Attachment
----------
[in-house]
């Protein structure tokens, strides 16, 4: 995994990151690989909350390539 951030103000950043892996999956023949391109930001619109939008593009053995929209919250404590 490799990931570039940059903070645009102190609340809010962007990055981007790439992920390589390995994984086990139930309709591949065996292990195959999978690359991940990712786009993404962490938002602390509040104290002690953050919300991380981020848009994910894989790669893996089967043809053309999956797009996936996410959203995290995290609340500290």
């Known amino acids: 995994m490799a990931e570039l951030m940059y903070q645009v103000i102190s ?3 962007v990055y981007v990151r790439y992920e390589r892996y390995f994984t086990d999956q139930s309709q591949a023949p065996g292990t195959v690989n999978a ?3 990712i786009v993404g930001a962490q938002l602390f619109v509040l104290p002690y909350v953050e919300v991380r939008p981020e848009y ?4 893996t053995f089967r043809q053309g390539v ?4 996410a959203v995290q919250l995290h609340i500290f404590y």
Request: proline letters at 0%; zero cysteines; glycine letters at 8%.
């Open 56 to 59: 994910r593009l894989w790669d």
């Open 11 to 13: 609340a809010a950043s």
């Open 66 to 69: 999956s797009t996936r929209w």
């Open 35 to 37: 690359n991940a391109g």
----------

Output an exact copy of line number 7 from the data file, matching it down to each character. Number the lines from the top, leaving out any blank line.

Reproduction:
């Open 66 to 69: 999956s797009t996936r929209w």